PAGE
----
City Paper is not for tourists
So much for that slow arts news week after Christmas.
Arena Stage announced today that David Dower, right-hand man to artistic director Molly Smith, will leave the theater in April for Emerson College. Also departing for cold academic climes: the American Voices New Play Institute director Polly Carl, and several key elements of the institute. Exactly what remains in Washington and what’s headed for Boston isn’t clear, but a quick comparison of daily newspaper headlines makes plain who’s losing out:
From The Washington Post: “Arena Stage modifies research role as major players depart“
And, from the Boston Globe: “Emerson to launch theater center with program snagged from Arena Stage“
The New Play Institute was founded at Arena in 2009 with a grant from the Andrew W. Mellon Foundation. According to the Boston Globe’s Geoff Edgers (one of few dedicated arts news reporters left in the country at a major daily, and one of the best) the money follows Dower and Carl, and underwrites their efforts through 2014. It was Dower who approached Emerson and asked to come under the college’s wing, Edgers writes. Dower called his relationship with Arena “awkward.”
Dower arrived in D.C. in 2006 from San Francisco’s Z Space, an experimental arts venue, where he also lead the Western Presenters Commissioning Initiative. Prior to receiving the Mellon grant, Dower oversaw a new play development partnership between Arena and the National Endowment for the Arts. The status and future of that program at Arena is unclear. Carl came more recently, joining the staff in July after a two-year stint at Chicago’s renowned Steppenwolf Theatre Company. She previously worked in Minneapolis, another Midwestern theater hotbed.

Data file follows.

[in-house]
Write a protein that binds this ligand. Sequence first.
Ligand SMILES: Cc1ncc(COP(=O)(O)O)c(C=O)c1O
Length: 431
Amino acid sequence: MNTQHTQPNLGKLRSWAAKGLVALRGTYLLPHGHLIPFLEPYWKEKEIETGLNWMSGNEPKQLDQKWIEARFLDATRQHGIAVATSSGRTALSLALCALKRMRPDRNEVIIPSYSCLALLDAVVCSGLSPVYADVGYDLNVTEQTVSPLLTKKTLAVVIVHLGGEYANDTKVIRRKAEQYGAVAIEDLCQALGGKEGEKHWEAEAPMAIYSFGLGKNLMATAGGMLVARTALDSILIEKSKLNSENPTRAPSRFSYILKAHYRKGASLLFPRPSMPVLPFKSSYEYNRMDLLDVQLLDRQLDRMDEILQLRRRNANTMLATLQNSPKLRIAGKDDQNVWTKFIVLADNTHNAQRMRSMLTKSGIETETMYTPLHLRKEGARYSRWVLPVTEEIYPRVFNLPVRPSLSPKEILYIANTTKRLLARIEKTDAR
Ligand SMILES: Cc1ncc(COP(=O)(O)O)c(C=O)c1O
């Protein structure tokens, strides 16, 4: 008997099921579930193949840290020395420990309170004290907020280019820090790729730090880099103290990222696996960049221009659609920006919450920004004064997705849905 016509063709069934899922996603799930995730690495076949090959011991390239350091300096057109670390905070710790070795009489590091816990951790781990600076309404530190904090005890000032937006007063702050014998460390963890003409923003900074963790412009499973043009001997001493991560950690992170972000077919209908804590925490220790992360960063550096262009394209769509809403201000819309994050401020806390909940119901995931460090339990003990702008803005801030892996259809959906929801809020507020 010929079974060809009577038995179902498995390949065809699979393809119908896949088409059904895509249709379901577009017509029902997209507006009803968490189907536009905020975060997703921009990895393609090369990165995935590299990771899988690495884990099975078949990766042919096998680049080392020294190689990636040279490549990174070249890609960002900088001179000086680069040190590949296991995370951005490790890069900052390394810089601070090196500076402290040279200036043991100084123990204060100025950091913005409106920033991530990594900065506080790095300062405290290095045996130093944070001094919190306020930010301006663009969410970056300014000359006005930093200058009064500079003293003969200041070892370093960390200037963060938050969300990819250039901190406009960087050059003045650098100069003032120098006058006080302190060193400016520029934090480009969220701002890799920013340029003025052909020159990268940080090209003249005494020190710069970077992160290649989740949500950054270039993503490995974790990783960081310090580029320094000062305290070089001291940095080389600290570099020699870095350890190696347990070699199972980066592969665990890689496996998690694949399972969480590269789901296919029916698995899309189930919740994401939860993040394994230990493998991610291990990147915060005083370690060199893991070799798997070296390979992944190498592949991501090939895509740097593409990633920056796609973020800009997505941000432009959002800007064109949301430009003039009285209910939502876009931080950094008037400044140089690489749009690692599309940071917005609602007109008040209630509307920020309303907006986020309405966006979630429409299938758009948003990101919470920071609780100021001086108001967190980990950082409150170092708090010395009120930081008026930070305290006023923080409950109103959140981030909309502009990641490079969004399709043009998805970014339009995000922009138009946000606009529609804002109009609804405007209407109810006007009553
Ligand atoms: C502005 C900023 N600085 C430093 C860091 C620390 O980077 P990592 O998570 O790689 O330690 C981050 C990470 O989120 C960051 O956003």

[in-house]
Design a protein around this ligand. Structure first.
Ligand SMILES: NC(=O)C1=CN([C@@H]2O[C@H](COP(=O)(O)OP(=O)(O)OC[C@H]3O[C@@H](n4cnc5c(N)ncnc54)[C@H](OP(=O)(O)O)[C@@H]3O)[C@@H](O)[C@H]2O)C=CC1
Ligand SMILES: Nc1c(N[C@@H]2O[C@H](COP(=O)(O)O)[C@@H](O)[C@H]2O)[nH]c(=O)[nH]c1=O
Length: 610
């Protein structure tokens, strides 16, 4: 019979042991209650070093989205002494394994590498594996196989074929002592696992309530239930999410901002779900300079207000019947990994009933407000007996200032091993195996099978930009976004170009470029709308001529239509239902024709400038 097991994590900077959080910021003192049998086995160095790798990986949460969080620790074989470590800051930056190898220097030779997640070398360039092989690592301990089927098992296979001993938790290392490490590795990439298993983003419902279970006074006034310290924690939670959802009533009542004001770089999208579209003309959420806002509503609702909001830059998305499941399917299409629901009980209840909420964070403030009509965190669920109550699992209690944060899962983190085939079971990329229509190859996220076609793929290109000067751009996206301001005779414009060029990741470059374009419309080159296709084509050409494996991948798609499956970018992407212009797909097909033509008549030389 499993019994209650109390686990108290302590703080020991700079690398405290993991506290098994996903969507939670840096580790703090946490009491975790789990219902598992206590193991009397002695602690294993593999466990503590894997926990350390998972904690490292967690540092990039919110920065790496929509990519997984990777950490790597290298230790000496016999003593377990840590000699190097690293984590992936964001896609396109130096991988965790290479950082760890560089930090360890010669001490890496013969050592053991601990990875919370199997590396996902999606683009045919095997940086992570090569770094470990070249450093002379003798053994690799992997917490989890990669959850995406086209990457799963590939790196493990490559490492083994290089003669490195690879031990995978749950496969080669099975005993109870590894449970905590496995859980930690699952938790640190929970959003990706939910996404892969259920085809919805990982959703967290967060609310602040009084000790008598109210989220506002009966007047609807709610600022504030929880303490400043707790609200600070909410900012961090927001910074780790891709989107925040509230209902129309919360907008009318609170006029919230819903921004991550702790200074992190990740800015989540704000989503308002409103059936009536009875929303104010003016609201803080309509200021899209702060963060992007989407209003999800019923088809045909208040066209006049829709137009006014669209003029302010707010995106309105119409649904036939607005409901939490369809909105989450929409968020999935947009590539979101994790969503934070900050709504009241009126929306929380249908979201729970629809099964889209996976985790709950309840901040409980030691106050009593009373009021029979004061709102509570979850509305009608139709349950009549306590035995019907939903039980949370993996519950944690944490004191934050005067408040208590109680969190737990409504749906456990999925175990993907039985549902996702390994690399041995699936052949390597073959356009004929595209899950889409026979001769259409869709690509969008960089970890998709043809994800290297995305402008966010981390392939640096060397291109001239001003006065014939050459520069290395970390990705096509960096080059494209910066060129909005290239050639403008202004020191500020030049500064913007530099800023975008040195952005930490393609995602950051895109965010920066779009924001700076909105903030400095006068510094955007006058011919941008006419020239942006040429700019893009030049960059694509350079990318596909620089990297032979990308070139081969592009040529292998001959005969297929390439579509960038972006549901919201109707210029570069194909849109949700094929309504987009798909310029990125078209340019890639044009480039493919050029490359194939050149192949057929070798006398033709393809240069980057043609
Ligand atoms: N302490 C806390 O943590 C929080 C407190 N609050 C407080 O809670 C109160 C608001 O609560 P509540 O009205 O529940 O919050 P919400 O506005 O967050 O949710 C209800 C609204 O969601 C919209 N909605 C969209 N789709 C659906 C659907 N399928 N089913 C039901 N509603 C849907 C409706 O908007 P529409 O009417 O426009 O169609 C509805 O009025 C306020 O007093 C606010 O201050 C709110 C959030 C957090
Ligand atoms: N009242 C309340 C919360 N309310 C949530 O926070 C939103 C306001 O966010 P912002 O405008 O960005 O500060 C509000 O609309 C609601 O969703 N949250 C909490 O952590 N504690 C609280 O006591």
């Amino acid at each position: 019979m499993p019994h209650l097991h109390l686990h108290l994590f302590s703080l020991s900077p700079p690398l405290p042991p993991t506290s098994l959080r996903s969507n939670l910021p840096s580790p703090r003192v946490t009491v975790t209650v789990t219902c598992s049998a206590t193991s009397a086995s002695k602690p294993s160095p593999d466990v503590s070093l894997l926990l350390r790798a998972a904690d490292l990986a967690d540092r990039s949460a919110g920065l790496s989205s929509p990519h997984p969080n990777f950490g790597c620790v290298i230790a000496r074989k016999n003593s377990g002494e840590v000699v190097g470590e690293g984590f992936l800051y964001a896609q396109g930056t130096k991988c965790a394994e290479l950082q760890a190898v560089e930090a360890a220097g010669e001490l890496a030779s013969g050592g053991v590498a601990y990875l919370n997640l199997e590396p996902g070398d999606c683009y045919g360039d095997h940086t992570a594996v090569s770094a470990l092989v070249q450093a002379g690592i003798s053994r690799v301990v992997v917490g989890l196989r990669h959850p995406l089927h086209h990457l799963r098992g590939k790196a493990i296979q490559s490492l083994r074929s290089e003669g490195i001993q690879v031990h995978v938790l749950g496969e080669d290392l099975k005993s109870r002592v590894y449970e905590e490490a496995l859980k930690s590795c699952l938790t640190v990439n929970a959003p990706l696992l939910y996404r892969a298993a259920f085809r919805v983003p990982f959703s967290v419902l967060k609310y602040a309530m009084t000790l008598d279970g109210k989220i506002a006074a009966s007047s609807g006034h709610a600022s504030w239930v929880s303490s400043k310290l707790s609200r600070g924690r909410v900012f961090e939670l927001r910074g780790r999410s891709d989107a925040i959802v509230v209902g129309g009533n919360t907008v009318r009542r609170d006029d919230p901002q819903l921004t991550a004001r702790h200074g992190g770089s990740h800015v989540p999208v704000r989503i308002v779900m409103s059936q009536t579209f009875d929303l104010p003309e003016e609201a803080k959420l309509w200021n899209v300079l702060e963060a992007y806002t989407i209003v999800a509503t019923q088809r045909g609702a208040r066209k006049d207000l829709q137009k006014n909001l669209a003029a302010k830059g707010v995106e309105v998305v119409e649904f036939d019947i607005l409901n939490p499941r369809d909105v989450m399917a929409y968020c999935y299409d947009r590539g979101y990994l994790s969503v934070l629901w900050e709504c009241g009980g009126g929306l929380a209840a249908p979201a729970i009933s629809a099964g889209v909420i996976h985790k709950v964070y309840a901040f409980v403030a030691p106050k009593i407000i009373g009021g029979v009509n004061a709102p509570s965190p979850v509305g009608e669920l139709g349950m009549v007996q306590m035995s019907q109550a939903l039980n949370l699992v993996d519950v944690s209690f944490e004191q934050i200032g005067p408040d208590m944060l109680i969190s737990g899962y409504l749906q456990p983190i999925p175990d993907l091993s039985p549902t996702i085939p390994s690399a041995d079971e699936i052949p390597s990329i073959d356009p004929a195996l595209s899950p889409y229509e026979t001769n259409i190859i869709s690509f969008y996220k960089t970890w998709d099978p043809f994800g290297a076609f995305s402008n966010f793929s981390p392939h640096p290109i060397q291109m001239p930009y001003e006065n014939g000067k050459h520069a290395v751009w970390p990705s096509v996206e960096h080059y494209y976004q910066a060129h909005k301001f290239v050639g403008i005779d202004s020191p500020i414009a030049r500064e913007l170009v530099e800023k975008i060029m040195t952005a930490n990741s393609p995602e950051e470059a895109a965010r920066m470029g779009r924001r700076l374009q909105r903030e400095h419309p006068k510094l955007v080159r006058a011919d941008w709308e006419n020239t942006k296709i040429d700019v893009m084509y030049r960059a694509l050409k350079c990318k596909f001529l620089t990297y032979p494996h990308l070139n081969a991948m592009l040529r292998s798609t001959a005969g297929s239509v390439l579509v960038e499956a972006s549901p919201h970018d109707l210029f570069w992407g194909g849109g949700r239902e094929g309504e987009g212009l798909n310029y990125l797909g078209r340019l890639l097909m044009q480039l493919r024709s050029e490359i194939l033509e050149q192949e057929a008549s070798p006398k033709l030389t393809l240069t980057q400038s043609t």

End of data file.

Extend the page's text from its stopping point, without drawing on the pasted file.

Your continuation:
But now she seems to think academia is the place for her, and for theater development, and she took to Twitter to say so: “So impressed w DC theater community/energy—hate to leave but let’s conquer divides.” And minutes later, “(It’s important) to note (Emerson) is place for research AND practice/ hope we won’t lose steam!”
That last comment seems counter to Arena’s official press release on the shakeup, which indicates it’s the R&D elements of play development—-including the HowlRound webzine and the New Play Map—-that are heading north, while the “practice” stays in D.C. The institute will remain “in full operation” according to the release. That means five resident playwrights will continue to receive a $40,000 annual salary, health benefits, and production seed money. Two shows—-Karen Zacarías’ The Book Club Play and Amy Freed’s You, Nero have already made it out the new play pipeline and onto Arena’s stages this season. Assuming the resulting plays are good (City Paper gave both mixed notices) the institute is a boon for Washington theatergoers. But Dower told the Globe the arrangement was a conflict of interest, and suggested new work should be nurtured by an organization that has little to gain from a new show’s ticket sales. An organization like a top-ranked liberal arts college.
Across artistic disciplines, university arts presenters are becoming more and more vital as incubators for new work. Those incubator projects range from long-term funding, such as Harvard University housing Yo-Yo Ma’s Silk Road Ensemble, to joint commissions, such as the University of Maryland and the University of North Carolina Chapel Hill underwriting a new work for the Bang on a Can All-Stars.
Dower, also using Twitter to have his say in the matter, seemed to agree it was time for new plays to retreat to the Ivory Towers. “This is not about tension and snagging/losing,” he wrote. “It is about growth and the best environment to take the #newplay efforts to scale.”
An Arena Stage spokeswoman said Wednesday afternoon that the theater plans to launch a national search in 2012 for a new “senior level artistic staff member,” but the title for the staff member has yet to be determined.
The original version of this post said that Polly Carl came to Arena Stage in August. She actually started the position in July. We regret the error.